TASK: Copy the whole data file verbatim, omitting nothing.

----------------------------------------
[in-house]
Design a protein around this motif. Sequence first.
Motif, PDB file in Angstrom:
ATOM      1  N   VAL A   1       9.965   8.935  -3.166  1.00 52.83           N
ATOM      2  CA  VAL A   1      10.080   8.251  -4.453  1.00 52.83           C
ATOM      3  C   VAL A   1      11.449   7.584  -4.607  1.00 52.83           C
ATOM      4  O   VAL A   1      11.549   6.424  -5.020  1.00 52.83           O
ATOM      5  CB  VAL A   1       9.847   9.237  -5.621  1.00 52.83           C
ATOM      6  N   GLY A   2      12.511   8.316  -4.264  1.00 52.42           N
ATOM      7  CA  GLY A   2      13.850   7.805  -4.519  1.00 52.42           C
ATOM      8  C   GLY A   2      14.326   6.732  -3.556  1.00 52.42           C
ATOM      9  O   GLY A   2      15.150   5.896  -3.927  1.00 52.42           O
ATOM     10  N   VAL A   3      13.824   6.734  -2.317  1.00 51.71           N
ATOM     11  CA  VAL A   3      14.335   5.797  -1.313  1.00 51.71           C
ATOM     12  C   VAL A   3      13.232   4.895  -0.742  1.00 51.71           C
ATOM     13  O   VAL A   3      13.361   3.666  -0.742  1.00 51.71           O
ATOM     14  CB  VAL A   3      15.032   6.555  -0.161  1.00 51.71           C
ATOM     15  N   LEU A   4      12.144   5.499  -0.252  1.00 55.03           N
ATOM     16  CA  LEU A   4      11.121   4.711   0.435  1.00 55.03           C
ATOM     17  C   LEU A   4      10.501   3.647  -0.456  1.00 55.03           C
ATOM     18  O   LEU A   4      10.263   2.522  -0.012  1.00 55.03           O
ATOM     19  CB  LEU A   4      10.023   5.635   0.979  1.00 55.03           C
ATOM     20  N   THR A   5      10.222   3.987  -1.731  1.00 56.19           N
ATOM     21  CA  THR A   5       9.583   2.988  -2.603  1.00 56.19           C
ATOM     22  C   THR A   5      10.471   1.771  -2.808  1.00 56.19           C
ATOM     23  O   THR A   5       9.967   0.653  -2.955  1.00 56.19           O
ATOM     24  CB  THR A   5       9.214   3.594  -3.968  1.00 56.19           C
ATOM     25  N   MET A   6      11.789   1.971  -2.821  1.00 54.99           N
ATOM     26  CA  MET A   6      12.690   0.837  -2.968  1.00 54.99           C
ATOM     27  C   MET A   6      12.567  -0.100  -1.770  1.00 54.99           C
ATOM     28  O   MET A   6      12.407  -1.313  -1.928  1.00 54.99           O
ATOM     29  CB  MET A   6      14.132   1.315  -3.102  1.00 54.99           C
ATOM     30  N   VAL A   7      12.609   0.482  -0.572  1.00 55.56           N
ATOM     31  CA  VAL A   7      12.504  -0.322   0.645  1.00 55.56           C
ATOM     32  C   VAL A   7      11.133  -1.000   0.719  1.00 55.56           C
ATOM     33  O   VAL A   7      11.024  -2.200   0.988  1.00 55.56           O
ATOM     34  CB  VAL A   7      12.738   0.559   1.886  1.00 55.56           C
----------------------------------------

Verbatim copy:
[in-house]
Design a protein around this motif. Sequence first.
Motif, PDB file in Angstrom:
ATOM      1  N   VAL A   1       9.965   8.935  -3.166  1.00 52.83           N
ATOM      2  CA  VAL A   1      10.080   8.251  -4.453  1.00 52.83           C
ATOM      3  C   VAL A   1      11.449   7.584  -4.607  1.00 52.83           C
ATOM      4  O   VAL A   1      11.549   6.424  -5.020  1.00 52.83           O
ATOM      5  CB  VAL A   1       9.847   9.237  -5.621  1.00 52.83           C
ATOM      6  N   GLY A   2      12.511   8.316  -4.264  1.00 52.42           N
ATOM      7  CA  GLY A   2      13.850   7.805  -4.519  1.00 52.42           C
ATOM      8  C   GLY A   2      14.326   6.732  -3.556  1.00 52.42           C
ATOM      9  O   GLY A   2      15.150   5.896  -3.927  1.00 52.42           O
ATOM     10  N   VAL A   3      13.824   6.734  -2.317  1.00 51.71           N
ATOM     11  CA  VAL A   3      14.335   5.797  -1.313  1.00 51.71           C
ATOM     12  C   VAL A   3      13.232   4.895  -0.742  1.00 51.71           C
ATOM     13  O   VAL A   3      13.361   3.666  -0.742  1.00 51.71           O
ATOM     14  CB  VAL A   3      15.032   6.555  -0.161  1.00 51.71           C
ATOM     15  N   LEU A   4      12.144   5.499  -0.252  1.00 55.03           N
ATOM     16  CA  LEU A   4      11.121   4.711   0.435  1.00 55.03           C
ATOM     17  C   LEU A   4      10.501   3.647  -0.456  1.00 55.03           C
ATOM     18  O   LEU A   4      10.263   2.522  -0.012  1.00 55.03           O
ATOM     19  CB  LEU A   4      10.023   5.635   0.979  1.00 55.03           C
ATOM     20  N   THR A   5      10.222   3.987  -1.731  1.00 56.19           N
ATOM     21  CA  THR A   5       9.583   2.988  -2.603  1.00 56.19           C
ATOM     22  C   THR A   5      10.471   1.771  -2.808  1.00 56.19           C
ATOM     23  O   THR A   5       9.967   0.653  -2.955  1.00 56.19           O
ATOM     24  CB  THR A   5       9.214   3.594  -3.968  1.00 56.19           C
ATOM     25  N   MET A   6      11.789   1.971  -2.821  1.00 54.99           N
ATOM     26  CA  MET A   6      12.690   0.837  -2.968  1.00 54.99           C
ATOM     27  C   MET A   6      12.567  -0.100  -1.770  1.00 54.99           C
ATOM     28  O   MET A   6      12.407  -1.313  -1.928  1.00 54.99           O
ATOM     29  CB  MET A   6      14.132   1.315  -3.102  1.00 54.99           C
ATOM     30  N   VAL A   7      12.609   0.482  -0.572  1.00 55.56           N
ATOM     31  CA  VAL A   7      12.504  -0.322   0.645  1.00 55.56           C
ATOM     32  C   VAL A   7      11.133  -1.000   0.719  1.00 55.56           C
ATOM     33  O   VAL A   7      11.024  -2.200   0.988  1.00 55.56           O
ATOM     34  CB  VAL A   7      12.738   0.559   1.886  1.00 55.56           C